The Political Science Undergraduate Research Group has been having a great time working with Dr. Joseph Hebert on the topic of “Law and Liberty.” Four students—Joseph Dillon, Christopher Hollis, Alexandria Curry, and Natividad Hirsch Bautista—have been brought together by their love of political science and political philosophy. Together they are reading and analyzing works by and about Sir Thomas More, the Renaissance poet, historian, philosopher, statesman, and martyr. Primary themes include the purpose and limits of political authority, and the interrelation of law, liberty, virtue, reason, faith, and conscience.
Alexandria is a majoring in political science, and her individual project is on the importance of More’s argument for the education of women in light of his understanding of the nature of liberal education and its importance for the promotion of personal excellence and a free and just society.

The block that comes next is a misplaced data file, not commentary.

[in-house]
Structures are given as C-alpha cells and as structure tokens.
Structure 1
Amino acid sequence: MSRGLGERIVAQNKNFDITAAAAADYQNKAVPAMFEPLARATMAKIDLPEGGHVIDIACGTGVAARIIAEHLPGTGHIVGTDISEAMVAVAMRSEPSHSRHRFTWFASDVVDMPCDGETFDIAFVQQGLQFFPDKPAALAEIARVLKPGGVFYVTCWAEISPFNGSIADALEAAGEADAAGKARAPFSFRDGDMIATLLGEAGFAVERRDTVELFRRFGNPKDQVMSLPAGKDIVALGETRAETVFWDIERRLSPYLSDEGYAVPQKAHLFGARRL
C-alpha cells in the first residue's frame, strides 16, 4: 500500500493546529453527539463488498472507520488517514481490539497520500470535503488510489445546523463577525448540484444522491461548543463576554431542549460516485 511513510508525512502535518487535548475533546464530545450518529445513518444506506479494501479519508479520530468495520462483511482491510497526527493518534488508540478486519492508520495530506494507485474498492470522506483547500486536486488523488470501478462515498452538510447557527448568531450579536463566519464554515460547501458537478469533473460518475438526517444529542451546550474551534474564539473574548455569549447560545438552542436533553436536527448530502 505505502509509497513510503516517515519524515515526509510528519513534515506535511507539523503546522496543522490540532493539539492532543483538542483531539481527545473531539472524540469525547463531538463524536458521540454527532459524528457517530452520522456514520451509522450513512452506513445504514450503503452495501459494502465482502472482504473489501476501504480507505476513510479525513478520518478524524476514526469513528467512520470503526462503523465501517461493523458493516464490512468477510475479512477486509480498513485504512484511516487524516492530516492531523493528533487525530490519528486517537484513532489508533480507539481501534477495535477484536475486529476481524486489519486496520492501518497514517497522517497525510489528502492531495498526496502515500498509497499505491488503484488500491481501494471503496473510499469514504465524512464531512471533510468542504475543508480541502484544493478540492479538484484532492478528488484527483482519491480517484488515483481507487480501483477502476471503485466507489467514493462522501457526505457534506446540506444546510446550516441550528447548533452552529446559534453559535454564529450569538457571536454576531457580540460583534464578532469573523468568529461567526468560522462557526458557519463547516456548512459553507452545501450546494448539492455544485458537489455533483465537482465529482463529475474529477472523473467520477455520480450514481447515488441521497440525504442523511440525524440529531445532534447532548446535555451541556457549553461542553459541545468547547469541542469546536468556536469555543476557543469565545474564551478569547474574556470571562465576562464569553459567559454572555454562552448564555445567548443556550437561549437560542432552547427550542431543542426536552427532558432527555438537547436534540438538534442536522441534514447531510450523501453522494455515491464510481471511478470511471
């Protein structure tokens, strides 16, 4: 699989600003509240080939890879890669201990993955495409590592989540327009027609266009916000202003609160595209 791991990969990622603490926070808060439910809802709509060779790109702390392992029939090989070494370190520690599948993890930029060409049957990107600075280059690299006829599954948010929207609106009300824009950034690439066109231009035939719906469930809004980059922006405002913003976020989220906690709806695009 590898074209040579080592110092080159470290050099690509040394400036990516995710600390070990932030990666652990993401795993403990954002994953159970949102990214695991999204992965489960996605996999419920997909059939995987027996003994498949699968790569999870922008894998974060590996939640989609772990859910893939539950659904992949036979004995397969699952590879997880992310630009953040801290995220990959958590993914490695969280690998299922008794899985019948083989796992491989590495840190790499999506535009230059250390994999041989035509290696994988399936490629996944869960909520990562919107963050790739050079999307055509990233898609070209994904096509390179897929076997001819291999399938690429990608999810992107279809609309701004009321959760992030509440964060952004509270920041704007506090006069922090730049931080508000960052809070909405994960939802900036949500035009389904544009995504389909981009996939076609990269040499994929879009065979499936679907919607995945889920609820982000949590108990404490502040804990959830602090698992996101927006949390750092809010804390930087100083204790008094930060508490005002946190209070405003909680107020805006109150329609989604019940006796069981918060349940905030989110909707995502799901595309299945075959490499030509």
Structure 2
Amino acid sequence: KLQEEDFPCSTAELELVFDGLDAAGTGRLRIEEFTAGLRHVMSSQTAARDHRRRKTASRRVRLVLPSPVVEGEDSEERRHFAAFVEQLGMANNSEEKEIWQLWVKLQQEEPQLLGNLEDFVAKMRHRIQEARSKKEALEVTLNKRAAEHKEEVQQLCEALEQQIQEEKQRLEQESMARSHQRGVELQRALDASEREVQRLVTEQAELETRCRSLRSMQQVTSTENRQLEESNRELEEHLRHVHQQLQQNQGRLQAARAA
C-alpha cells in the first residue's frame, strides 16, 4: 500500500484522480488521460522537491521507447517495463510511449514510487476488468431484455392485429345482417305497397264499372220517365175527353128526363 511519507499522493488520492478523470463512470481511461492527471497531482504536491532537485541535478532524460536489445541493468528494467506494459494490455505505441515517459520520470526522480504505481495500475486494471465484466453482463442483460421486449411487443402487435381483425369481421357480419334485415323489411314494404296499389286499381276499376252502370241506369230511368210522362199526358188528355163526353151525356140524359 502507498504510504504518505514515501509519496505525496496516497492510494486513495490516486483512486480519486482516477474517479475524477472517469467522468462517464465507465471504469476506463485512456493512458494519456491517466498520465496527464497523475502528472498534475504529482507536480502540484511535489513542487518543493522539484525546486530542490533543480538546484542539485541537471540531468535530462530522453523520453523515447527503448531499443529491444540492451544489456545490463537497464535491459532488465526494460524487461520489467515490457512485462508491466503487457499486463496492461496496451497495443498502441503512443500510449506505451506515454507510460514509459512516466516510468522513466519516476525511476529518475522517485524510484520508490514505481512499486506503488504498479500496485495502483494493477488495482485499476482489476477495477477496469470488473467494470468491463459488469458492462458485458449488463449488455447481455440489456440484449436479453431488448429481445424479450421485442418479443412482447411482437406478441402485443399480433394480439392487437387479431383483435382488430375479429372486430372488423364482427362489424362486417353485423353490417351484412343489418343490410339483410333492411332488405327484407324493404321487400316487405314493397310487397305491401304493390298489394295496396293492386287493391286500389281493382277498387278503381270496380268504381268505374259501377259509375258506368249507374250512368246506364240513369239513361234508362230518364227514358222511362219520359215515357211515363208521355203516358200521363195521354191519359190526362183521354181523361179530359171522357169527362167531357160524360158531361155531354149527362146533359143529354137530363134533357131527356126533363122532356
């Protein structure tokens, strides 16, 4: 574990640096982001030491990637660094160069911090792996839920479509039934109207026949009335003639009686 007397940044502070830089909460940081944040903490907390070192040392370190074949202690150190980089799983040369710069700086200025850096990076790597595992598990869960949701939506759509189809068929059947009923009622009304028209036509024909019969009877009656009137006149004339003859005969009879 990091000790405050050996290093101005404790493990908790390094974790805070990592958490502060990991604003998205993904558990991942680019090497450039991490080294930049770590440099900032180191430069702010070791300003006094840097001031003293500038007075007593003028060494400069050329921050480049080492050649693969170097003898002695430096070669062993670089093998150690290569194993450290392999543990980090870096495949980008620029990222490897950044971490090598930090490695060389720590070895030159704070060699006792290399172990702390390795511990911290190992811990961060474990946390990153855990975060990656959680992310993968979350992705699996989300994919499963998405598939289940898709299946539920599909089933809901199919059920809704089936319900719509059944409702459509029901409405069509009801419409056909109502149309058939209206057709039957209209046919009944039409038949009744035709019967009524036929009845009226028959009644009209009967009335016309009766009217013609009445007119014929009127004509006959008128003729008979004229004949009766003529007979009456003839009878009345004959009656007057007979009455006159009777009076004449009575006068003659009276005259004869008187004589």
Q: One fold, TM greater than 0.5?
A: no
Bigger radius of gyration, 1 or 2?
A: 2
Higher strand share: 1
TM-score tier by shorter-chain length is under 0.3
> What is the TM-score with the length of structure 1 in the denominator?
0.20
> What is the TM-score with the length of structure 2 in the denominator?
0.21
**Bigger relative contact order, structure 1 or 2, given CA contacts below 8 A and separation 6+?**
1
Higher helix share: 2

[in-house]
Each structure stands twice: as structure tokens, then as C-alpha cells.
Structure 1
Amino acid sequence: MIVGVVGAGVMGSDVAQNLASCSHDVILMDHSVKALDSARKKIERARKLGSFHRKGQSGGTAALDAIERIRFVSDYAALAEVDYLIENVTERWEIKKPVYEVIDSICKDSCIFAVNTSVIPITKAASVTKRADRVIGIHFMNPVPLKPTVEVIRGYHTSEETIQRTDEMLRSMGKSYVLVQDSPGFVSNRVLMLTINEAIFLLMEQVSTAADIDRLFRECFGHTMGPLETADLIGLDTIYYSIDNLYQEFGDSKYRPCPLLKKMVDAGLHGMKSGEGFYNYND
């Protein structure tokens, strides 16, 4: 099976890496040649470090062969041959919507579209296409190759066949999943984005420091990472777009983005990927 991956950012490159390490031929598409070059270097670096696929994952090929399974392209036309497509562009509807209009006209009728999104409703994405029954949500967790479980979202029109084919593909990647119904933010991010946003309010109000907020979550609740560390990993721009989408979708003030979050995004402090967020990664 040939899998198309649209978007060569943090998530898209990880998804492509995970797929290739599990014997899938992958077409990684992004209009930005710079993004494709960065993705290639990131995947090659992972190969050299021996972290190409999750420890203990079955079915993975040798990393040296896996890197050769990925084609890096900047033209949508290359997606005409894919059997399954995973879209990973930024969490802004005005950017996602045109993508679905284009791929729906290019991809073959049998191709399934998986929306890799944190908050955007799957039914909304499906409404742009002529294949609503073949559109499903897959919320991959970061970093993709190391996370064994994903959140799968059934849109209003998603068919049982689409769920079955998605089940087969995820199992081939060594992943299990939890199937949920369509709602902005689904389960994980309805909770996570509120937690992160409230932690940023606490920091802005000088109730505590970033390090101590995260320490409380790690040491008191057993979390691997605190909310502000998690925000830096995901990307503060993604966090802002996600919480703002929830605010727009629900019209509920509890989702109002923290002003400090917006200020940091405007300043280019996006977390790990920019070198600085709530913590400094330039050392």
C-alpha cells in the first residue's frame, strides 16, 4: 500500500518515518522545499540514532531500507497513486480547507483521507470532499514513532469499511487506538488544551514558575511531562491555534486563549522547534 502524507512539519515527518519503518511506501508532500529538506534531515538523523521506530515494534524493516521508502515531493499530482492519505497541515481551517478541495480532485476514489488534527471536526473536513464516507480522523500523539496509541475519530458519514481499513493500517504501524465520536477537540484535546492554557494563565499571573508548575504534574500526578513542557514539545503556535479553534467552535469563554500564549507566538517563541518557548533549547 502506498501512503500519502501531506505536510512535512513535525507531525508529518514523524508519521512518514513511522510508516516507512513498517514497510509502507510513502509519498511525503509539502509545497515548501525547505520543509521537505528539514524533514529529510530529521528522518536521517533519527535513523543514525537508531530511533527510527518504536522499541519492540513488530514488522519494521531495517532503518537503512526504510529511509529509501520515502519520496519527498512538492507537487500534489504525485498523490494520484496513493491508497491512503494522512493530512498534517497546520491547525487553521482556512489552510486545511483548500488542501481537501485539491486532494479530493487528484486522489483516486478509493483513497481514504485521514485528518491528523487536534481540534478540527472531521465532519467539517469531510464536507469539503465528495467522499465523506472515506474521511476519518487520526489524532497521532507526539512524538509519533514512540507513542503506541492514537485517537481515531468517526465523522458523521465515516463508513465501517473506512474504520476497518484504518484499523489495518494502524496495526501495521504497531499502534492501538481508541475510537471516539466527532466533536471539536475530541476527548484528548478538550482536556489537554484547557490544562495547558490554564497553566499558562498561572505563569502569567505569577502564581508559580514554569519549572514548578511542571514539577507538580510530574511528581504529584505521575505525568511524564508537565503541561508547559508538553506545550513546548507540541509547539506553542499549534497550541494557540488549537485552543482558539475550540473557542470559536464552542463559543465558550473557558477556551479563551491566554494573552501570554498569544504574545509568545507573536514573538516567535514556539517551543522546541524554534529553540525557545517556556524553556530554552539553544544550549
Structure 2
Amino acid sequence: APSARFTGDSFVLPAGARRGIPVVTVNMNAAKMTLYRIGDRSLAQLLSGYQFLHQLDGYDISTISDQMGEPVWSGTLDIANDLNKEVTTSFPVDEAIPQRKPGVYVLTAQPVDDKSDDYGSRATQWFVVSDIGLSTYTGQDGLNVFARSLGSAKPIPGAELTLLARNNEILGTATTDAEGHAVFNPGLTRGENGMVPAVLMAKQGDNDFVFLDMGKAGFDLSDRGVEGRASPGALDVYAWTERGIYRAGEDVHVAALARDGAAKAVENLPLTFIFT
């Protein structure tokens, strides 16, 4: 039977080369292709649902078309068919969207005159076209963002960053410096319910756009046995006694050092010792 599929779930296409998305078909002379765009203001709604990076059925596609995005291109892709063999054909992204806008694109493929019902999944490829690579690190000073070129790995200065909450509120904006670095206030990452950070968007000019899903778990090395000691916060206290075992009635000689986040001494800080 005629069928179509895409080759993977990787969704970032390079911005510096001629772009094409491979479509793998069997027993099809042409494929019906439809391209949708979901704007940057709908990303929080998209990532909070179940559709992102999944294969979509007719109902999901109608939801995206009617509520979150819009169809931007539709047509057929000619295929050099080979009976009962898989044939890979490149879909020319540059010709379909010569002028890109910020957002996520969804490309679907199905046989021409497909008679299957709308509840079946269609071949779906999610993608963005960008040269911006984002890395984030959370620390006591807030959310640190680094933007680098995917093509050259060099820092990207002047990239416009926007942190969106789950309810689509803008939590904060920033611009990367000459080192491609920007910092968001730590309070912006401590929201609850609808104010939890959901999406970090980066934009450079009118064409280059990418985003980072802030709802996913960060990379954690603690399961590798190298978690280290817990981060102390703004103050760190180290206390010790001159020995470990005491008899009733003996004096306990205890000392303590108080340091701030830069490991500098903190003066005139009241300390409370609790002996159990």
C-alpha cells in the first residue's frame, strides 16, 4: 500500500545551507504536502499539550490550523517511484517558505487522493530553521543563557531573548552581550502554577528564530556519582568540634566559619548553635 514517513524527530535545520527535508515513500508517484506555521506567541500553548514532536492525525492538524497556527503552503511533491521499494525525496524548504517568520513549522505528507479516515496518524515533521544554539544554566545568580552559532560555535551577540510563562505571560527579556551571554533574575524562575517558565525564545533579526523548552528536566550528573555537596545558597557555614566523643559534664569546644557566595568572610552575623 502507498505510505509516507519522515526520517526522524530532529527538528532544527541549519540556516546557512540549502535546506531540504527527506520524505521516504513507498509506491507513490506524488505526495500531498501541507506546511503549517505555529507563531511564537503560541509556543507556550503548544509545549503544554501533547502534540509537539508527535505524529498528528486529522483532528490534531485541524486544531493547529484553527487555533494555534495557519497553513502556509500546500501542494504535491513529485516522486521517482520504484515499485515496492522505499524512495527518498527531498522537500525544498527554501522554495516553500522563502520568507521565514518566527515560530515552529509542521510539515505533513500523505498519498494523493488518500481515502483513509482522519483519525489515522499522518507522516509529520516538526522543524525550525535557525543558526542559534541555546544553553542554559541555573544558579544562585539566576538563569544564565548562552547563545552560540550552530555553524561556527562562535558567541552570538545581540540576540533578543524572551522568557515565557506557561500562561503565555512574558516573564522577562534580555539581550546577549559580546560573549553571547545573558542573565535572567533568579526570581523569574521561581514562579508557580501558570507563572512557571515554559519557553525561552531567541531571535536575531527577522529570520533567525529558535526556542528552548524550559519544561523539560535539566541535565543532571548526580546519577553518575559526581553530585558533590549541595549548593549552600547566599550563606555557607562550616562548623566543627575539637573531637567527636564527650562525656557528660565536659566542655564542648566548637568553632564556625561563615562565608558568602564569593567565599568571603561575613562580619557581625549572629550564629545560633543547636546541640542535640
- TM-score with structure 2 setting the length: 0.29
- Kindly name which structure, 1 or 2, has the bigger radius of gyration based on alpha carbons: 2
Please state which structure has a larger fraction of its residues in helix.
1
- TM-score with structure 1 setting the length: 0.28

Natividad is majoring in political science, international studies, and Spanish. Her research project compares the imaginary and allegorical regime described in Thomas More’s Utopia to that of Plato’s Republic, one of More’s main sources. She is focusing on what these works tell us about the virtues required of political leaders as well as the economic, political, and social structures most conducive to justice and human flourishing.
Joe is majoring in political science with a pre-law concentration and is pursuing an English minor. His topic is centered around the legitimacy Sir Thomas More’s trial. Through evaluation of More’s political and philosophical beliefs we can gain a deeper understanding of the significance of his resistance to the consolidation of absolute power on the part of the English monarchy. More’s own understanding of the relation of law to fundamental principles of ethics and reason and the consequent need for checks and balances in government can help us to rebut recent scholarly claims that his trial was procedurally fair by the standards of his day.
Chris is majoring in International Studies and Spanish. His research focuses on the problem that Plato’s “Euthyphro dilemma” poses to the harmony of faith and reason underlying the personal integrity More lived and died for, and the importance of Thomas Aquinas’s solution of this dilemma to understanding More’s confidence in proclaiming that his resistance to tyranny was just and that a just man can suffer pain but not harm.